Several biomarkers have been proposed.

Regardless of iron storage, patients with CKD usually have high serum ferritin  levels because it is an acute-phase reactant.1 Because ferritin synthesis responds  to inflammatory cytokines, elevated ferritin levels in CKD are probably the result  of underlying systemic inflammation.4 As a result, absolute iron deficiency has a  high specific city for low ferritin levels, whereas IDA in chronic kidney disease is not  excluded by normal or higher ferritin levels.

• The transferrin receptor binds ferric iron, and the resulting complex is then taken  up by the cell as the soluble transferrin receptor (sTfR).1 The sTfR is then  released from the erythroid progenitor cells’ membrane and enters the  bloodstream.1 Consequently, the evaluation of sTfR as a possible indication of iron  deficiency has occurred.1 The use of sTfR in the assessment of IDA in CKD,  however, is not supported by the available evidence.1 

• Reticulocyte Hb content (CHr) and the percentage of hypochromic RBCs  (HRC%): Additional indirect markers have been taken into account while evaluating IDA.1 In order to reflect the iron available for erythropoiesis in the recent timeframe, HRC% and CHr both estimate the Hb concentration in RBCs.1 Some have suggested using HRC% and CHr in the assessment of IDA in CKD due  to their ability to predict iron response.1 HRC%, particularly, is regarded as a cost-effective indicator of iron responsiveness.1 Testing regulations, however,  place restrictions on both parameters.1 As erythrocyte maturation is time-sensitive, HRC% must be measured within 6 hours of collection.1 

Thalassemia also precludes the use of CHr because it results in alterations  comparable to those brought on by an iron de cit.1 

• Hepcidin has been investigated as a marker of iron storage and iron  responsiveness as well as to distinguish between absolute and functional IDA  due to its crucial involvement in iron regulation.4 In a sample of 61 patients with  CKD from the Ferinject assessment in patients with IDA and NDD-CKD, hepcidin levels were found to be correlated with ferritin levels (FIND-CKD trial).1 Hepcidin  and iron responsiveness, however, did not show any conclusive link.4 These findings imply that hepcidin level measurement has limited value in assessing  IDA in CKD.4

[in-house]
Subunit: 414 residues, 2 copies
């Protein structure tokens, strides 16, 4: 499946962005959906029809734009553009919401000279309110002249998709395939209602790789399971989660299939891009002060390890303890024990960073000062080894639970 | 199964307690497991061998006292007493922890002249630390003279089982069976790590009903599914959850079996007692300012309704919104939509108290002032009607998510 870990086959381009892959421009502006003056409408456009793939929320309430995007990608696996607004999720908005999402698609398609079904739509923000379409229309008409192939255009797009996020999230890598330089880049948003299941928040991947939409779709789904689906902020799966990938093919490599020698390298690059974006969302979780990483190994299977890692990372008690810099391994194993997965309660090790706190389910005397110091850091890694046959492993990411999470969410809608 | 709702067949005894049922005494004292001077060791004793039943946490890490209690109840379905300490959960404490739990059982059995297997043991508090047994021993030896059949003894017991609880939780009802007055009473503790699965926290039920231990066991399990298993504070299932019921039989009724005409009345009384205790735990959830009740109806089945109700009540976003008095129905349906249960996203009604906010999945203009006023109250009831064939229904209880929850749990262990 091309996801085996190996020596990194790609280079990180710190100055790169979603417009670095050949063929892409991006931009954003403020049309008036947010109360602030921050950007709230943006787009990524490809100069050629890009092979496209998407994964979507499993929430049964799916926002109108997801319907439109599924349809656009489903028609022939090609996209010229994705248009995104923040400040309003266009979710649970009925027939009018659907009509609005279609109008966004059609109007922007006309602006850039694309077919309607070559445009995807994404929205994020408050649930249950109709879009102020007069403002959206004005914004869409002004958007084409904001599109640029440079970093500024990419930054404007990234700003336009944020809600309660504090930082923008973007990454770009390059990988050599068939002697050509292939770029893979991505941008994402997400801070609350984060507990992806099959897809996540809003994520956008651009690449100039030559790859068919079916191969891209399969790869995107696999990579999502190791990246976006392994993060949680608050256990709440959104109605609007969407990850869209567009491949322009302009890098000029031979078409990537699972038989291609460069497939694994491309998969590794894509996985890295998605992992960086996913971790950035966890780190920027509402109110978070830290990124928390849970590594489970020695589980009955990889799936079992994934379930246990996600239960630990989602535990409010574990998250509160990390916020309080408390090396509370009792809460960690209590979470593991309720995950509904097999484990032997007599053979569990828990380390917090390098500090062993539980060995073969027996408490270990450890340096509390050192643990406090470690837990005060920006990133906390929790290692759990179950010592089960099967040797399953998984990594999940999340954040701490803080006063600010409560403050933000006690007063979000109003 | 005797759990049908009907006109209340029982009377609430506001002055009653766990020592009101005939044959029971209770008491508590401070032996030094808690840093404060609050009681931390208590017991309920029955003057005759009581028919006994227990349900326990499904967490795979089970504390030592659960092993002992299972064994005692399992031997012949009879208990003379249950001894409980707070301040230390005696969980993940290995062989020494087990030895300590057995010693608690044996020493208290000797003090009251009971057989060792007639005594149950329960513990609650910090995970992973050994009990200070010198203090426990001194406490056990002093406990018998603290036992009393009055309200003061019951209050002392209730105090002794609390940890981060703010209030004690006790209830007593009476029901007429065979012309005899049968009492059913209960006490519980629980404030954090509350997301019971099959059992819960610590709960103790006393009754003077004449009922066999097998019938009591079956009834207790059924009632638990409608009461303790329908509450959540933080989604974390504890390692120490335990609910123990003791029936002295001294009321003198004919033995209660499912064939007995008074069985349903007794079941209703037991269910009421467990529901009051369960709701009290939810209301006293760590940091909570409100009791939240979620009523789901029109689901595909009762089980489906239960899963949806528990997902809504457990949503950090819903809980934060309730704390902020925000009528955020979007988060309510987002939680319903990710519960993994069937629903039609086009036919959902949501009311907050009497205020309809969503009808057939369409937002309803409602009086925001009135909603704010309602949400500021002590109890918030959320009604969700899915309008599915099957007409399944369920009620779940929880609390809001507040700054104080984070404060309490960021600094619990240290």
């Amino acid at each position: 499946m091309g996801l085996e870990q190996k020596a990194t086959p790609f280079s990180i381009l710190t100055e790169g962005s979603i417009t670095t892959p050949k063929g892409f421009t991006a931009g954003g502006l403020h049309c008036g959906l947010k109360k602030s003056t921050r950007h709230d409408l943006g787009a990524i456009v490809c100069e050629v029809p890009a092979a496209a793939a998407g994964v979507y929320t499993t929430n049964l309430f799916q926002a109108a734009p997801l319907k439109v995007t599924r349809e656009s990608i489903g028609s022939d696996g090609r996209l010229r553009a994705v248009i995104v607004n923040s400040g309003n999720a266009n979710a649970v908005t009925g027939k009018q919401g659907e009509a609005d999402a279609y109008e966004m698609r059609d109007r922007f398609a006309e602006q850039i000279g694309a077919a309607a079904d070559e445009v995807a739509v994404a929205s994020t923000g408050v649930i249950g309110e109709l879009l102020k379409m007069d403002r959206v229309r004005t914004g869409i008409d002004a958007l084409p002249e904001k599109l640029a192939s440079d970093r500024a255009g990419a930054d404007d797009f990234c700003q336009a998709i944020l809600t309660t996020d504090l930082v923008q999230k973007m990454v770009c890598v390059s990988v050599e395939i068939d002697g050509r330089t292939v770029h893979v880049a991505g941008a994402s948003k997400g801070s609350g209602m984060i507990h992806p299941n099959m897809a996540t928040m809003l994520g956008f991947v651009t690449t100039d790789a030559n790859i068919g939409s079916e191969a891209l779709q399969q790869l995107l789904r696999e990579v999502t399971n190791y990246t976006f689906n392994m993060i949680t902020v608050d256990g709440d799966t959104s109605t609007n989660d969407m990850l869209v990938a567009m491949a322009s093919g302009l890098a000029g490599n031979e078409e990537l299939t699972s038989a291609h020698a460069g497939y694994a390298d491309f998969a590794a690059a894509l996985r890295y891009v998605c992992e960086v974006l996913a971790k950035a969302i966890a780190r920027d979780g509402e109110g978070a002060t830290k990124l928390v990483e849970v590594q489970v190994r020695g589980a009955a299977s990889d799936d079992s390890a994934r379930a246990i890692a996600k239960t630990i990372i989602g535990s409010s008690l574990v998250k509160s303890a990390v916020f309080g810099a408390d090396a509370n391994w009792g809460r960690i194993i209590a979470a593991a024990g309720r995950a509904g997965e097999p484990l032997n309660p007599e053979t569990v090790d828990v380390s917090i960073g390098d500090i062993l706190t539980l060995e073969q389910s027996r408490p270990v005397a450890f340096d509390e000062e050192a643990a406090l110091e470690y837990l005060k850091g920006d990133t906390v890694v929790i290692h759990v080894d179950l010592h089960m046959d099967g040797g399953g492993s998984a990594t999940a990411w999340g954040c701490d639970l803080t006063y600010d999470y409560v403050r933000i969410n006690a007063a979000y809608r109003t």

• Plasma neutrophil gelatinase-associated lipocalin (NGAL) has been linked to  acute kidney injury, as a biomarker of in ammation and an independent  predictor of the development of kidney disease.1 NGAL also has an impact on iron  sequestration.1 The extracellular concentrations of iron may increase while NGAL is  in its free form, but they may decrease when it is bound.1 It was discovered that  NGAL values below 394 ng/mL strongly correlated with TSAT and had a higher  sensitivity and specificity for detecting decreasing iron reserves in CKD than  ferritin values above 500 ng/mL.1 Despite the fact results have been encouraging, more research is needed before NGAL can be suggested as a reliable indicator of  iron deficiency in CKD.1 

The use of traditional biomarkers of IDA in NDD-CKD is appropriate, according to the  most recent literature, especially in light of the absence of other reliable biomarkers.1 Further research is needed in the area of novel serum biomarkers for IDA in NDD-CKD.1 


  1. Batchelor EK, Kapitsinou P, Pergola PE, et al. Iron Deficiency in Chronic Kidney Disease: Updates on Pathophysiology, Diagnosis, and Treatment. J Am Soc Nephrol. 2020;31(3):456-468. Doing:10.1681/ASN.2019020213.Pub 2020.
  2. Ueda N, Takasawa K. Impact of Inflammation on Ferritin, Hepcidin and the Management of Iron Deficiency Anemia in Chronic Kidney Disease. Nutrients. 2018;10(9):1173.doi:
  3. Gafter-Gvili A, Schechter A, Rozen-Zvi B. Iron Deficiency Anemia in Chronic Kidney Disease. Acta Haematol. 2019;142(1):44-50. doi: 10.1159/000496492. Pub 2019.
  4. Pergola PE, Fishbane S, Ganz T. Novel Oral Iron Therapies for Iron Deficiency Anemia in Chronic Kidney Disease. Adv Chronic Kidney Dis. 2019;26(4):272. doi: 10.1053/j.ackd.2019.05.002.